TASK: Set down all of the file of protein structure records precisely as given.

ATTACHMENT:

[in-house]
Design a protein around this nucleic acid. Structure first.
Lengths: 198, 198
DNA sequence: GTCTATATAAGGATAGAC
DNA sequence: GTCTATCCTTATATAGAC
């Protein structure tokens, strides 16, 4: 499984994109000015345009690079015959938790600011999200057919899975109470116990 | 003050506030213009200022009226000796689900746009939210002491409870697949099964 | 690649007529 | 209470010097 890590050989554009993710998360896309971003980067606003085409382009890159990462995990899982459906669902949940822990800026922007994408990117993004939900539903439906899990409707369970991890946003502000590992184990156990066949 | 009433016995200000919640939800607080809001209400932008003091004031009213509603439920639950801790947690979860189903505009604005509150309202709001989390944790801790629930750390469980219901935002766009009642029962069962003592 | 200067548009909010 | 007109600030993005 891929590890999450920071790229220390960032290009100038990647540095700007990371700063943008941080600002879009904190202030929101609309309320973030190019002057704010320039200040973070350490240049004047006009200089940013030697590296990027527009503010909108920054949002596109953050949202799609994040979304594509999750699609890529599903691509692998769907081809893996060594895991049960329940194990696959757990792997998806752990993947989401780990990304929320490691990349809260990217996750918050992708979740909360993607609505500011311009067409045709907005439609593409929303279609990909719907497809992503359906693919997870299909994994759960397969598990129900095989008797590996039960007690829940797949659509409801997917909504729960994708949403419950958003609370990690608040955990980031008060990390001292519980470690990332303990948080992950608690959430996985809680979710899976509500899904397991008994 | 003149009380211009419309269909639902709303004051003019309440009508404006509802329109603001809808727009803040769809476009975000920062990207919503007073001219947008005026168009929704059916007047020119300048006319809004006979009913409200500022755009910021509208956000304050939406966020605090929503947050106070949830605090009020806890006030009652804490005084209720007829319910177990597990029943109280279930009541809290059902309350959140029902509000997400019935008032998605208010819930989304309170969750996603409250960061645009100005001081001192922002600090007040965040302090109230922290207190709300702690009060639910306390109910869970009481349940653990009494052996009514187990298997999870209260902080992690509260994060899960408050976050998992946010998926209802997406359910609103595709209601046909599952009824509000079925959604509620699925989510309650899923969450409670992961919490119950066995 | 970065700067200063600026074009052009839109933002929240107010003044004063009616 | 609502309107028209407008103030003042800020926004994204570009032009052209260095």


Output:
[in-house]
Design a protein around this nucleic acid. Structure first.
Lengths: 198, 198
DNA sequence: GTCTATATAAGGATAGAC
DNA sequence: GTCTATCCTTATATAGAC
């Protein structure tokens, strides 16, 4: 499984994109000015345009690079015959938790600011999200057919899975109470116990 | 003050506030213009200022009226000796689900746009939210002491409870697949099964 | 690649007529 | 209470010097 890590050989554009993710998360896309971003980067606003085409382009890159990462995990899982459906669902949940822990800026922007994408990117993004939900539903439906899990409707369970991890946003502000590992184990156990066949 | 009433016995200000919640939800607080809001209400932008003091004031009213509603439920639950801790947690979860189903505009604005509150309202709001989390944790801790629930750390469980219901935002766009009642029962069962003592 | 200067548009909010 | 007109600030993005 891929590890999450920071790229220390960032290009100038990647540095700007990371700063943008941080600002879009904190202030929101609309309320973030190019002057704010320039200040973070350490240049004047006009200089940013030697590296990027527009503010909108920054949002596109953050949202799609994040979304594509999750699609890529599903691509692998769907081809893996060594895991049960329940194990696959757990792997998806752990993947989401780990990304929320490691990349809260990217996750918050992708979740909360993607609505500011311009067409045709907005439609593409929303279609990909719907497809992503359906693919997870299909994994759960397969598990129900095989008797590996039960007690829940797949659509409801997917909504729960994708949403419950958003609370990690608040955990980031008060990390001292519980470690990332303990948080992950608690959430996985809680979710899976509500899904397991008994 | 003149009380211009419309269909639902709303004051003019309440009508404006509802329109603001809808727009803040769809476009975000920062990207919503007073001219947008005026168009929704059916007047020119300048006319809004006979009913409200500022755009910021509208956000304050939406966020605090929503947050106070949830605090009020806890006030009652804490005084209720007829319910177990597990029943109280279930009541809290059902309350959140029902509000997400019935008032998605208010819930989304309170969750996603409250960061645009100005001081001192922002600090007040965040302090109230922290207190709300702690009060639910306390109910869970009481349940653990009494052996009514187990298997999870209260902080992690509260994060899960408050976050998992946010998926209802997406359910609103595709209601046909599952009824509000079925959604509620699925989510309650899923969450409670992961919490119950066995 | 970065700067200063600026074009052009839109933002929240107010003044004063009616 | 609502309107028209407008103030003042800020926004994204570009032009052209260095």